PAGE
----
Archive for November, 2011

Coaching Pitfall – Skill vs. Commitment

You can see someone who has a lot of commitment, but does not have the skill.  In coaching this is one of our common diagnostic tools.  Do I think this person really wants to do this or do they have the skill?  Do not confuse the two.  Furthermore, is the person able to develop the skill?  So if you decide they do have commitment, they just do not have the skill, remember some people are not able to develop certain skills.

  • Posted by Pete Walsh
  • Wednesday, November 30th, 2011
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Coaching Pitfall – Can’t Model

One of the most common problems I see is leaders who espouse certain values and beliefs, but they are not willing to be held accountable to their beliefs.  The executive who says, “Everybody’s equally important in this company,” yet gives preferential privileges to themself and other members of the executive team. The CEO who says, “Integrity is a key component of the culture,” yet they talk behind people’s backs.

You can put any pretty words you want on the wall, but if you are not able to set the tone and be the example, it will never work, period, end of story!  It is not realistic to expect that you are going to be perfect 100 percent of the time – that is not what I am talking about. What I am talking about is an extremely high level of integrity and ability to model the values and if at some point you miss the mark, be transparent with your team and apologize for your mistake and recommit to the values. People can actually respect you more when you can demonstrate your vulnerability and be accountable for it.

  • Posted by Pete Walsh
  • Wednesday, November 23rd, 2011
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Coaching Pitfalls and Joe Paterno

Joe Paterno’s situation amplifies pitfall #8 from Coach to Win the Leadership Game…Assistant coaches who betray the coach’s core values.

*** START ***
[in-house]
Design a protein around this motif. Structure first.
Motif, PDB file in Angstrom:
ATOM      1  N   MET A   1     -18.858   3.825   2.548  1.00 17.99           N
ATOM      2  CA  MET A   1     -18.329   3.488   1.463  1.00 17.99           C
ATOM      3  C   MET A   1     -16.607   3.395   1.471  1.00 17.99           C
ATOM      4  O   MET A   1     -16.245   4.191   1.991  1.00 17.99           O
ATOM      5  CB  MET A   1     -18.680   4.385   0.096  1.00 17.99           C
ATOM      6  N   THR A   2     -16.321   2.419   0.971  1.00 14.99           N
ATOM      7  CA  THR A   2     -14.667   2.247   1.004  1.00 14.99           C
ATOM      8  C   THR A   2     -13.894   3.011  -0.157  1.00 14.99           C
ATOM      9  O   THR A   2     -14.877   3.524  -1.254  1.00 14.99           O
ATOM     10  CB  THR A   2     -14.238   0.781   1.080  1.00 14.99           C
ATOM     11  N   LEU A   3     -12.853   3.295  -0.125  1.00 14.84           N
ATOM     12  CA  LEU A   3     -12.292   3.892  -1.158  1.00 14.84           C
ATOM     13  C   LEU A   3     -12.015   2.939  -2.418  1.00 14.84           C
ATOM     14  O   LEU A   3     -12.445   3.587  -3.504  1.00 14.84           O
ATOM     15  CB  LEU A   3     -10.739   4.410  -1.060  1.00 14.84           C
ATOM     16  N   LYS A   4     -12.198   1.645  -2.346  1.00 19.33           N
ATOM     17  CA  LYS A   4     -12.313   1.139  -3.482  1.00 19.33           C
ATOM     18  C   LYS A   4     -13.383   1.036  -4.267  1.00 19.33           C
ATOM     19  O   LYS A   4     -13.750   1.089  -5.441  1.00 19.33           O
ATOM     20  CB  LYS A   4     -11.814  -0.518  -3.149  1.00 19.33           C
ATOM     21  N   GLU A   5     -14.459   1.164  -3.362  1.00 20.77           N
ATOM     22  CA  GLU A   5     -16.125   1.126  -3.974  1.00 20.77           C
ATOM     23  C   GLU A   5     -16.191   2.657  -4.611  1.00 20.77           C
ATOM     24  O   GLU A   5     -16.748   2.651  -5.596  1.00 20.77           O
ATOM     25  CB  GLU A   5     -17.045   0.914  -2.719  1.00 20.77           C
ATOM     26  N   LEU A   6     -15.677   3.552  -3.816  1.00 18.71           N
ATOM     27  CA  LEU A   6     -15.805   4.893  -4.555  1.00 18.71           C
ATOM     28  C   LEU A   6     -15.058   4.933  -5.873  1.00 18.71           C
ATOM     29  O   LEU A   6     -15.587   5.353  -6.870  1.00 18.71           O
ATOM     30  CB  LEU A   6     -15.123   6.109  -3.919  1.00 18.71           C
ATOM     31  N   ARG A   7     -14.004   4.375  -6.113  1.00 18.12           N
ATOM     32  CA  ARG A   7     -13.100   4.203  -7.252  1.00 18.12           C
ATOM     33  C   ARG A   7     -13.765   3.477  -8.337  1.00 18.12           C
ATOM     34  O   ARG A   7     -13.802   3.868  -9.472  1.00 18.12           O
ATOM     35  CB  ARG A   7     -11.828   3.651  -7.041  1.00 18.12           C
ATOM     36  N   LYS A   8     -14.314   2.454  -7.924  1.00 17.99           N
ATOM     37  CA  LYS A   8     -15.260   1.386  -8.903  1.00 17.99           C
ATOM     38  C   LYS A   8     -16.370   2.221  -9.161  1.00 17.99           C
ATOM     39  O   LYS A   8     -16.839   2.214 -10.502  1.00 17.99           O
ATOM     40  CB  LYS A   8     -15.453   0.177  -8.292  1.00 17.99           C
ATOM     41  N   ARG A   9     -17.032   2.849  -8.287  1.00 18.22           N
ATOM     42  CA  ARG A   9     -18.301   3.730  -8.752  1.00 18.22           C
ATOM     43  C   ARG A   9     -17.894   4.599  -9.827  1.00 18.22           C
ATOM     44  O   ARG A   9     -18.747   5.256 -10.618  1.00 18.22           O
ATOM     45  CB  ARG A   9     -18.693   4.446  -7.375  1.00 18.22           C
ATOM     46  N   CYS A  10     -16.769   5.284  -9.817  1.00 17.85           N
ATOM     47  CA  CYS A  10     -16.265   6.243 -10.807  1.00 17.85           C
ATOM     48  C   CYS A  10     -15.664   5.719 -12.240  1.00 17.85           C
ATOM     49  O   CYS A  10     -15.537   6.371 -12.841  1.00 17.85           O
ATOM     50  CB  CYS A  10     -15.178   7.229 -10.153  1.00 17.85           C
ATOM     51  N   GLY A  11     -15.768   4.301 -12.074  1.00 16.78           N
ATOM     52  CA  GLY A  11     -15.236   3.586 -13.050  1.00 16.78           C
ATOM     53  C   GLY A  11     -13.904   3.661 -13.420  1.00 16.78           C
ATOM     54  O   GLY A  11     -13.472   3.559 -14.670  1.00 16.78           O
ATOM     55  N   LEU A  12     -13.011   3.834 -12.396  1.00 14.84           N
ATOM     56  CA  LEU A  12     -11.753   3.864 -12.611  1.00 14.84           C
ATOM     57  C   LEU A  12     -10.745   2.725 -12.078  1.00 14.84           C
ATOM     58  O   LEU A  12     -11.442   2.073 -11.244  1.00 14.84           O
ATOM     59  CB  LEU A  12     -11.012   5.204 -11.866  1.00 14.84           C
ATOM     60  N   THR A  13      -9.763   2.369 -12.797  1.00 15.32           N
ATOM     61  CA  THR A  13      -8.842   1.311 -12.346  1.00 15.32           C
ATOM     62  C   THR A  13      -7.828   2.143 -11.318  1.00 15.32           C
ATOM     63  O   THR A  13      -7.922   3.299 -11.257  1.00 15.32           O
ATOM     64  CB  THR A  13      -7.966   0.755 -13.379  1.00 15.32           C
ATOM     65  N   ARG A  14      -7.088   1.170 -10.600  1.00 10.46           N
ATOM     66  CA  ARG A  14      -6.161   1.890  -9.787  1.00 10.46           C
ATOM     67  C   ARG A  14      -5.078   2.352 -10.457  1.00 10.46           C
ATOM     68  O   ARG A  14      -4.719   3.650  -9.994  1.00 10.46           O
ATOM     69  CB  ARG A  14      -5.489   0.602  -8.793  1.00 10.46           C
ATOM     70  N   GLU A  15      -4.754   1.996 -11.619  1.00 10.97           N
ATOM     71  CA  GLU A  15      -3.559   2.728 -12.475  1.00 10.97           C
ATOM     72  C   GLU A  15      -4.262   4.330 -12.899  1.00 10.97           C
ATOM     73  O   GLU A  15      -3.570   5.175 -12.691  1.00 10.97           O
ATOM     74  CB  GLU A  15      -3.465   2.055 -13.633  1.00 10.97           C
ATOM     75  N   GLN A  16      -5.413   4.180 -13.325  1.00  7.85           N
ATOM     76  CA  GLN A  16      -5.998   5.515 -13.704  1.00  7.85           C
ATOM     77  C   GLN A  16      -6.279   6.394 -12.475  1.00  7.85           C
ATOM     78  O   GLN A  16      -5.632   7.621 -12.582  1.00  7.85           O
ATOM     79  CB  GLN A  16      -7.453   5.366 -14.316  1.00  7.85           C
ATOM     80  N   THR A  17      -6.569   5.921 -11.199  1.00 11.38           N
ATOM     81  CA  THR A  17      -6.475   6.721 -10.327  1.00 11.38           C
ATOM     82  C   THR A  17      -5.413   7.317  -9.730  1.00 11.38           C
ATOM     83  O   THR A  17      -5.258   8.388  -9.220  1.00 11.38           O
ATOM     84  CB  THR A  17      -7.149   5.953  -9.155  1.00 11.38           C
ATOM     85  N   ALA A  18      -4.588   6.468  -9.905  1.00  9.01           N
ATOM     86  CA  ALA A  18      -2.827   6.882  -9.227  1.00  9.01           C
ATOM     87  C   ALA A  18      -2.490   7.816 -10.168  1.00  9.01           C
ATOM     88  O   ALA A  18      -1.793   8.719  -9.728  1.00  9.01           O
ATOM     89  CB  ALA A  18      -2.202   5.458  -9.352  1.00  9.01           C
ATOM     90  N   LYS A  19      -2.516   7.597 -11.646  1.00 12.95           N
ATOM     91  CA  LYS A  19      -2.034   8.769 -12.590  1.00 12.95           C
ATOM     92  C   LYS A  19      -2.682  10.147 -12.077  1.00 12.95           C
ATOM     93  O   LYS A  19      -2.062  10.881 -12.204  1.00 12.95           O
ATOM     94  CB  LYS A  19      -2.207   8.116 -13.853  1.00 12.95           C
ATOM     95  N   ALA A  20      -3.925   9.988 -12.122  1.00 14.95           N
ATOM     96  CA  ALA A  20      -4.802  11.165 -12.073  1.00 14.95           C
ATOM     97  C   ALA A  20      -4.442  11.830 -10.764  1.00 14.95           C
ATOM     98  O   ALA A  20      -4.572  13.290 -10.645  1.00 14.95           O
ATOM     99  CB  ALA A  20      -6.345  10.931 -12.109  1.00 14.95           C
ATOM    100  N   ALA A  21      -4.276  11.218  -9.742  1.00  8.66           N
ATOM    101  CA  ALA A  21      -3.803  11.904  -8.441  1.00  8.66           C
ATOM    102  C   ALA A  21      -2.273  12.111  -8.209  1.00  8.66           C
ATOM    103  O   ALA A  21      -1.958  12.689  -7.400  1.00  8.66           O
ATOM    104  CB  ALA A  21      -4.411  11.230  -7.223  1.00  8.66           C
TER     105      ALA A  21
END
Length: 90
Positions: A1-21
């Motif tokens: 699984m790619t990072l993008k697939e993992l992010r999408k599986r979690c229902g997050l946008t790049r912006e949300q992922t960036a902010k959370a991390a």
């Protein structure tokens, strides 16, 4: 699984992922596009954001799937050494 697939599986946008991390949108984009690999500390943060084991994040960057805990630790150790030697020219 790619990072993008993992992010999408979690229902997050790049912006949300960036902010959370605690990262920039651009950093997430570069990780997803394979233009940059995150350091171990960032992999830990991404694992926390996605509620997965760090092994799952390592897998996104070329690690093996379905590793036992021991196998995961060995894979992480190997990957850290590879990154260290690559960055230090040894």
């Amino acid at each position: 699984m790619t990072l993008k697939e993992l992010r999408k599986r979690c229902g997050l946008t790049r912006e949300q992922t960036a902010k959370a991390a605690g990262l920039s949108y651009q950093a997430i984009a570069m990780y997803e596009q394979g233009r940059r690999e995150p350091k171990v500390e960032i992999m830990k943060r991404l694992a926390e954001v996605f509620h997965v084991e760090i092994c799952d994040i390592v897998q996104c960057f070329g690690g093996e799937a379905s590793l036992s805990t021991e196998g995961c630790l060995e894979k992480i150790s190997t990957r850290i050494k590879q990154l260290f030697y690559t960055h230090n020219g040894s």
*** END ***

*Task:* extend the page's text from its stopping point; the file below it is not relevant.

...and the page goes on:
8. Misaligned Assistants
I have worked with organizations that have senior executives who are able to model the company’s values, yet allow a few of their mid-level managers to act in ways that are not in alignment with company stated values. The most common reason for this is that the mid-level managers are technically excellent or produce high levels of financial results, but are unable to model the company’s values.
You can see the slippery slope this creates for senior executives. This behavior sends the message, “We really believe in our core values and want everyone to follow them but when it comes down to it we are tolerating misalignment because certain people produce great (technical or financial) results and we are unwilling to draw a line in the sand.” That is a recipe for disaster from a leadership standpoint.

Stay tuned since we will discuss the other 7 pitfalls that will undermine coaching!

Deliberate Practice – Daily Gratitude Practice

Work on one of the most important muscles you can build especially right now in the world we live in – that is GRATITUDE! Start every morning with 2 minutes of gratitude and think of all of the things you have to be grateful for in your life – health, family, friends, job, etc.

Keeping a mindset of gratitude will make such a difference throughout the day as you look at what’s possible and what’s going on in the world. I am convinced that the media is all about what not working – what’s going to keep us upset and frightened. You really have a choice to set your own mindset. Like all mind rituals and practices, the more you do it, the more it will become your fixed perspective on the world. Having a mindset of gratitude will make all the difference!

Reach out to someone you don’t normally connect with or haven’t connected with in a while. Express gratitude to everyone you interact with – flight attendant, mail person, tollbooth worker, etc. Make sure to express gratitude to everyone on your team! Get into the mindset of expressing gratitude to everyone you come in contact with throughout your day. That will make a big difference.

 

Practice this gratitude ritual the first 2 minutes of every day! Let me know what impact this new practice has on your life.

  • Posted by Pete Walsh
  • Tuesday, November 1st, 2011
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